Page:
Demutualisation: The Key to improving African Stock Market Performance

EXCLUSIVE INTERVIEW with Dr EDOH KOSSI AMENOUNVE, Chief Executive, Bourse Régionale des Valeurs Mobilières (BRVM) and the Central Depository/Settlement Bank (DC/BR). He also the Chairman of the West African Capital Markets Integration Council (WACMIC). Dr AMENOUNVE has led major financial market reforms in Africa and shares his views on demutualization and capital markets integration in West Africa as well as the growth prospects of the Francophone West African countries with Capital Markets in Africa. 

Many thanks for speaking to us, to start off, please tell us how long you have been the Director General of BRVM and what have been your biggest achievements and challenges so far.

Dr. AMENOUNVE: I took the position as Director General of BRVM in October 2012. The first action we have taken with the Board of Directors was to define the main strategic actions to improve our market performance.

The biggest challenge for us is to position our market among African Capital Markets. The biggest achievements we have made so far are the transition to continuous trading (in September 2013), the listing of two new companies, the rapid growth of market capitalization (6 to 12 billion USD in 03 years) and value traded (175 to 500 million USD in 3 years).

The BRVM’s Capital markets mission is to organize the Securities Market, disseminate market information as well as promote the markets, what does the Bourse do to meet the objectives of this mission statement in terms of its strategy and development?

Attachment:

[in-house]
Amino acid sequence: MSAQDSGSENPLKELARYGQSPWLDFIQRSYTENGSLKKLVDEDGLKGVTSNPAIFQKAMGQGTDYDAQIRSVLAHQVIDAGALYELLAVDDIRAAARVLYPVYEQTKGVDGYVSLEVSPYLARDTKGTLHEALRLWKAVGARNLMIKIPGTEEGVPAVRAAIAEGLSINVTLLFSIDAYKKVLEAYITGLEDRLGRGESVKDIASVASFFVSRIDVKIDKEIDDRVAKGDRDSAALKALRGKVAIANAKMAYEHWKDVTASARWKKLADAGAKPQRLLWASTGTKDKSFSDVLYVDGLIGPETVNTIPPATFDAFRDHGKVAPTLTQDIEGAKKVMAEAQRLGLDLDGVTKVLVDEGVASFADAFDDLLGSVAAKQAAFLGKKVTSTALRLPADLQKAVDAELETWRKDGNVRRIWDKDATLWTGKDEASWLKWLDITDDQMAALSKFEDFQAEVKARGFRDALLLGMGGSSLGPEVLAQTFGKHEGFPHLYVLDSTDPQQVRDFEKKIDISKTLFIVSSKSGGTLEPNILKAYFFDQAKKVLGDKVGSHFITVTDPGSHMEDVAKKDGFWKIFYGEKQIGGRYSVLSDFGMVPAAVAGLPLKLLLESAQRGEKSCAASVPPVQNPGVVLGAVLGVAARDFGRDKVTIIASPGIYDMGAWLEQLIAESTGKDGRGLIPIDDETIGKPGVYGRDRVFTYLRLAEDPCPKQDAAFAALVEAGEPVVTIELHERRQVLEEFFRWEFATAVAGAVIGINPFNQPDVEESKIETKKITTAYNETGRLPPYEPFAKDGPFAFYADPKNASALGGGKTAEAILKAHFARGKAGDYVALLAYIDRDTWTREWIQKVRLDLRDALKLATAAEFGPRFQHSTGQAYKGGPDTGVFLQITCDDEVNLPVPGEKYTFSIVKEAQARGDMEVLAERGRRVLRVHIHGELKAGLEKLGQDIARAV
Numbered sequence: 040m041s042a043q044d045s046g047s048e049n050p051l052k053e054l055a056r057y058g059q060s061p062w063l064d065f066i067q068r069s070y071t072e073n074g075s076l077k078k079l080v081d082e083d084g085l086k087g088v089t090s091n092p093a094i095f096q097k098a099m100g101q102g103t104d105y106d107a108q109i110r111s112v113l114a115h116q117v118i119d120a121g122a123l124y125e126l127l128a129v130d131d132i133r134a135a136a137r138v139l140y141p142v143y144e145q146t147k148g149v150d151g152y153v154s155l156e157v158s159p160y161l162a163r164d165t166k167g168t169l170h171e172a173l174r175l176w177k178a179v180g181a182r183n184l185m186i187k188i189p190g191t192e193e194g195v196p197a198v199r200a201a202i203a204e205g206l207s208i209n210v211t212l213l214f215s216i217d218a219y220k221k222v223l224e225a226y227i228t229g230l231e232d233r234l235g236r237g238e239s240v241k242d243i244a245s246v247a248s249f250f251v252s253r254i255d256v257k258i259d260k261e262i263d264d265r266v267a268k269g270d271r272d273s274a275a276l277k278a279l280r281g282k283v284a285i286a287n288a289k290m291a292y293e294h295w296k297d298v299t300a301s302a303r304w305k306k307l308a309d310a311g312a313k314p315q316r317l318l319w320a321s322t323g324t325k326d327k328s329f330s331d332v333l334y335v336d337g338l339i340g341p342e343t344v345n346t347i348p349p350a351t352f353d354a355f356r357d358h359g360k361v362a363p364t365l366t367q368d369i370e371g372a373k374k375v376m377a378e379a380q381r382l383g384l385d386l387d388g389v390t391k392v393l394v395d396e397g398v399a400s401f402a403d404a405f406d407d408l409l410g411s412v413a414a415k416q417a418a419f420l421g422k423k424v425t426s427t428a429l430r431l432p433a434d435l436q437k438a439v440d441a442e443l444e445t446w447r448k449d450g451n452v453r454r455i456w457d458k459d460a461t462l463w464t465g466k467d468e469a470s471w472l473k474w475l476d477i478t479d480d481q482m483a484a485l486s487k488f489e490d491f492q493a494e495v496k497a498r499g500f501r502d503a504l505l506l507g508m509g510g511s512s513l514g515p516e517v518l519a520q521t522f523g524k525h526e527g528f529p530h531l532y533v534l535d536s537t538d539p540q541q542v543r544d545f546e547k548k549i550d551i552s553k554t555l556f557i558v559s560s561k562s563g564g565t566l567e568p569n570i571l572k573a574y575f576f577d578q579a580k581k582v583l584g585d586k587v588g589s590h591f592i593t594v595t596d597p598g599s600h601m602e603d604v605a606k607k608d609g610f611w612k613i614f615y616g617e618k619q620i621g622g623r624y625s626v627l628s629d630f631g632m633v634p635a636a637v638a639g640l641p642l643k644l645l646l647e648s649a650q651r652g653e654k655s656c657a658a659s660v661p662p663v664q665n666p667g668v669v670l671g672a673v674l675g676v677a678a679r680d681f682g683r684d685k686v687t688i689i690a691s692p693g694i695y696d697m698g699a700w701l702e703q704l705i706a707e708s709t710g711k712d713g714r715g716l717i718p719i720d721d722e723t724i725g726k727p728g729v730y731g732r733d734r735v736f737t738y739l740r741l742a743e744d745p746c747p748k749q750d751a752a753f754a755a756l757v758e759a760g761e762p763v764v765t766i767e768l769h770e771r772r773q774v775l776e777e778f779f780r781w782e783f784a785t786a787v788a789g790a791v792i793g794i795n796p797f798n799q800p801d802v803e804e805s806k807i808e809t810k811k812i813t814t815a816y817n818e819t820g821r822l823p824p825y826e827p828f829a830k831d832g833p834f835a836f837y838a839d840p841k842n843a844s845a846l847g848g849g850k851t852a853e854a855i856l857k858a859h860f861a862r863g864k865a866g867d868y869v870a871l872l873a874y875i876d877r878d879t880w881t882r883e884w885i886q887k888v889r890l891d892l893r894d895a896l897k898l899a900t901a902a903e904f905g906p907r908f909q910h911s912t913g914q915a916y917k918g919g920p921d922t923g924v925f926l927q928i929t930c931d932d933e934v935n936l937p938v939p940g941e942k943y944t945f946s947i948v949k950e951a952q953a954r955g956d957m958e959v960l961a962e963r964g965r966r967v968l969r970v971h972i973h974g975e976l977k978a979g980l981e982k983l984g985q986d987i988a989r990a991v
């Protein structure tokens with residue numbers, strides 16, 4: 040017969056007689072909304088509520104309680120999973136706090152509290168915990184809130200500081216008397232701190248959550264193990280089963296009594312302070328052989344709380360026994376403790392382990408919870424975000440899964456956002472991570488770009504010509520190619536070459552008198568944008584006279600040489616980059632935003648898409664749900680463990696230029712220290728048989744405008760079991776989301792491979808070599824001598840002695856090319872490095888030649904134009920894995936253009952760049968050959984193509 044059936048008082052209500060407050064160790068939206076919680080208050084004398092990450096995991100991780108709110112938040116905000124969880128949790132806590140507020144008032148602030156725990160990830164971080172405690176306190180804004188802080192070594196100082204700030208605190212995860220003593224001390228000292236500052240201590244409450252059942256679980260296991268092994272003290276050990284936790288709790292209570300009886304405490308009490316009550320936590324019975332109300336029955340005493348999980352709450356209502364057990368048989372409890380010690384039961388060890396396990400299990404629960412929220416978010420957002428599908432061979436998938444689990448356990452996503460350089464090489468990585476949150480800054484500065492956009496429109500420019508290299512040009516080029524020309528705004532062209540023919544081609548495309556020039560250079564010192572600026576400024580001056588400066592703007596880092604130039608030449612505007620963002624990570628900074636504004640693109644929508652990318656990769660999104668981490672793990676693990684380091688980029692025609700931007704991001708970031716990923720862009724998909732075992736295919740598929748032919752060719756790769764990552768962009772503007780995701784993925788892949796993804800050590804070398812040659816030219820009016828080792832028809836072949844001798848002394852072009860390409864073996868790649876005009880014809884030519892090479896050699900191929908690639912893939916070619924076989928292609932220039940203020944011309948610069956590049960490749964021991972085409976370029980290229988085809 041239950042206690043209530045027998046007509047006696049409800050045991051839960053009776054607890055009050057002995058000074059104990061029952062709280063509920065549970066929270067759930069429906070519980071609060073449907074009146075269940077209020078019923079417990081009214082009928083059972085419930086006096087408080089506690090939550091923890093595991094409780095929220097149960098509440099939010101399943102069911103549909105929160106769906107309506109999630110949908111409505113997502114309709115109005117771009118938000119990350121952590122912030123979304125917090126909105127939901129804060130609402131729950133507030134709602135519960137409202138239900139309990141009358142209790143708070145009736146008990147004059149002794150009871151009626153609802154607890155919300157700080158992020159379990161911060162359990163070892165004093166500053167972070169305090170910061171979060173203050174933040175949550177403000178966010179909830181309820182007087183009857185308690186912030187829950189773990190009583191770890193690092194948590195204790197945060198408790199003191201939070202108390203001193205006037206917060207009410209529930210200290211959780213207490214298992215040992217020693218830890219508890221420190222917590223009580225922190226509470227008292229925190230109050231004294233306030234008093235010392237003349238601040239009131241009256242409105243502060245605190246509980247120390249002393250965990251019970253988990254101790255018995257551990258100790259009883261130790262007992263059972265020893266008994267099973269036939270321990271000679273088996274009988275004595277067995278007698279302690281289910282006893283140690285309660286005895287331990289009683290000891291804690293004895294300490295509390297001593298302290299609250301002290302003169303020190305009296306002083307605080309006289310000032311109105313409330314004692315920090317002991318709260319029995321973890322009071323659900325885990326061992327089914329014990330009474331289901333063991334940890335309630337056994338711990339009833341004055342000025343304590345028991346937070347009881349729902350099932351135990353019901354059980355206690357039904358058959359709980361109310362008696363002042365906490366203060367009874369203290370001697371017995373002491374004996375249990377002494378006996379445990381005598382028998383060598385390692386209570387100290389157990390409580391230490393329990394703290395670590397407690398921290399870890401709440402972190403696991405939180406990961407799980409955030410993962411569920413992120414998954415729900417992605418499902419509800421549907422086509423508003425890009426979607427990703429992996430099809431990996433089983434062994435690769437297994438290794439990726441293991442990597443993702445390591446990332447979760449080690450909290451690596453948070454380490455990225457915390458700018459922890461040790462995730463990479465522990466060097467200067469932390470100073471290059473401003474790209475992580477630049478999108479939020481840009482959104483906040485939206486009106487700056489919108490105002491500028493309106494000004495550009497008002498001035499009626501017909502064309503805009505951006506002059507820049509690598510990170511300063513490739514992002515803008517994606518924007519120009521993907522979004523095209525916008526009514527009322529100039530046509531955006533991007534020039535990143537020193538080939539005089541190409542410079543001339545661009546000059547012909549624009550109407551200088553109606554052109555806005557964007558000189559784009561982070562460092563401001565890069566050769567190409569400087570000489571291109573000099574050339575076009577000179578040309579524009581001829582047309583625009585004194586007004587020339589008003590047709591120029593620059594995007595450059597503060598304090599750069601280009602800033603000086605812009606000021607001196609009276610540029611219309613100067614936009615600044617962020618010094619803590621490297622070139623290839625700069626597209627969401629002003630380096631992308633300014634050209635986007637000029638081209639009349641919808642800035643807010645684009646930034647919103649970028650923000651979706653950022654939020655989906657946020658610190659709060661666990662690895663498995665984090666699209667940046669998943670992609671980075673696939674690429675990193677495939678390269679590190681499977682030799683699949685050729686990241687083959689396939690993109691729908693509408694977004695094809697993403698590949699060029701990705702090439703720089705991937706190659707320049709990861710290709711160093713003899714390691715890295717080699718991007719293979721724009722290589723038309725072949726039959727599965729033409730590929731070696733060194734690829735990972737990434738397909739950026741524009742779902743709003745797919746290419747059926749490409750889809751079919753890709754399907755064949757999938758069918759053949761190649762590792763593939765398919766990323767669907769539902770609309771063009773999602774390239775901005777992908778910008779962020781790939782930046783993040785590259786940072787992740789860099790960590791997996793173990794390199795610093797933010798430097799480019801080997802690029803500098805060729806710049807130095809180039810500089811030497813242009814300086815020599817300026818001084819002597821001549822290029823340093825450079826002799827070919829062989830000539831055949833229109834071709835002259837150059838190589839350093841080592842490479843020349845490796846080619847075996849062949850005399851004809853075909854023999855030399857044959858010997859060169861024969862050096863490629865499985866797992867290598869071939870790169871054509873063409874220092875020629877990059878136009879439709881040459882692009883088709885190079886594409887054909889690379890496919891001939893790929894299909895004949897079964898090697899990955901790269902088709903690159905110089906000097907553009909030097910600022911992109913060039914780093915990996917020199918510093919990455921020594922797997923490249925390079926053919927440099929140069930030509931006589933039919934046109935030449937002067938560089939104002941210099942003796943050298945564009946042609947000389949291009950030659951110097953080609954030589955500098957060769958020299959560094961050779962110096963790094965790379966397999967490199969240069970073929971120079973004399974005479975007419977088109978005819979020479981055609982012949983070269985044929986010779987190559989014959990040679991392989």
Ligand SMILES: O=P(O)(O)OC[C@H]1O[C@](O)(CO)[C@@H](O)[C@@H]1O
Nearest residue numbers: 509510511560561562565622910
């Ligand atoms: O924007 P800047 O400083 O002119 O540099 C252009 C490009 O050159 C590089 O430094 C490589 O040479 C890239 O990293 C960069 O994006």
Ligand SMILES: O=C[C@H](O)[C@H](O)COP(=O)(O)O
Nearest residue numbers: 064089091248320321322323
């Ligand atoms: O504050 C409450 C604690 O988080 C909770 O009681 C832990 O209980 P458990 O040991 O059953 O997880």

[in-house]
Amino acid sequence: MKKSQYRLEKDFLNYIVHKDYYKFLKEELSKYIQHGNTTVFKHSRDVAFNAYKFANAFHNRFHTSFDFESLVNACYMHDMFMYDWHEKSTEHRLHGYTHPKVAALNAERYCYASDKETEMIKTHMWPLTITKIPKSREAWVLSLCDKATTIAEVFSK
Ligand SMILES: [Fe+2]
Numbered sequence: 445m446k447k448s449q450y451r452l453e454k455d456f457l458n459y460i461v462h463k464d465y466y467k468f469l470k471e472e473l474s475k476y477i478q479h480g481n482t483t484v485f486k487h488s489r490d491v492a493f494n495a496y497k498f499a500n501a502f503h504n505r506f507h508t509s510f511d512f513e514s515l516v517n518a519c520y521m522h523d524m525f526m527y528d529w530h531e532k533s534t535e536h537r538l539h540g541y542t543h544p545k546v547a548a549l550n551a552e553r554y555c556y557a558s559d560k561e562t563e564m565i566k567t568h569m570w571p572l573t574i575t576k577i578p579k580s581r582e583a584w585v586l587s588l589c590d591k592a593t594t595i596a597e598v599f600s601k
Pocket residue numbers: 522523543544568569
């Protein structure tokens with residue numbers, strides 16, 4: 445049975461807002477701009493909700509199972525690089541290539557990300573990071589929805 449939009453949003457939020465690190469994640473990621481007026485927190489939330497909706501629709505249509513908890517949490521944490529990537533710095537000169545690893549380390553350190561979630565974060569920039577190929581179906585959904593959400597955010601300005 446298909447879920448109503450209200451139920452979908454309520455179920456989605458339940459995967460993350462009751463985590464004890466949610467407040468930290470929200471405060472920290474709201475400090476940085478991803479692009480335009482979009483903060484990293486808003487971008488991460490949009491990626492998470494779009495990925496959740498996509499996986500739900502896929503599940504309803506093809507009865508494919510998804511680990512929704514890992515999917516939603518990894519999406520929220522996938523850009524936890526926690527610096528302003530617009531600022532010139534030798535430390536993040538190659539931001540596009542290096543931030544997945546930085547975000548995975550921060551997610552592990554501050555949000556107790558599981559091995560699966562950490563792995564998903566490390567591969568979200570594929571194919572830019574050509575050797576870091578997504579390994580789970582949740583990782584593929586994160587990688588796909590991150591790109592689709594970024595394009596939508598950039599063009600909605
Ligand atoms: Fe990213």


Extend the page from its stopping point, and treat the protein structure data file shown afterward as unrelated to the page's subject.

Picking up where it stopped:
Dr. AMENOUNVE: First of all, our strategy consists of promoting the market through awareness and communication focused on accelerating the dissemination of market culture within our Union. So, we organized BRVM Days in WAEMU countries and BRVM Investment Days in Paris, London, New York and Dubai.

We had close dialogue with listed companies to invite them to disclose more information to the investors. We concluded strategic partnerships with private equity funds, sovereign funds, market data vendors, chambers of commerce and so one.

In 2015, the BRVM composite Index was the African best performer with a return of 17.8% (4.7% in US dollar terms). What do you think accounted for this strong performance even as many other equity markets continued to suffer from the effects of current volatility and challenges in the global economic outlook?

Dr. AMENOUNVE: For the first time since its creation, BRVM ranks first among the top-performing African stock markets in terms of market all shares index. This performance is related to the rapid economic growth in Côte d’Ivoire during the past 3 years (8 to 9% in average) and to the strength of growth throughout the West African Economic and Monetary Union (WAEMU) (5 to 6% in average).

This position of BRVM is also the result of our regional and international promotion strategy during the last three years. Finally, it can be linked to the advantages stemming from the integration and monetary stability of our region.

In September 2014, May 2015 and October 2015, BRVM organized Investment Days in Paris, London and New York respectively. What was the targeted aim and can you share the outcome of these events, please?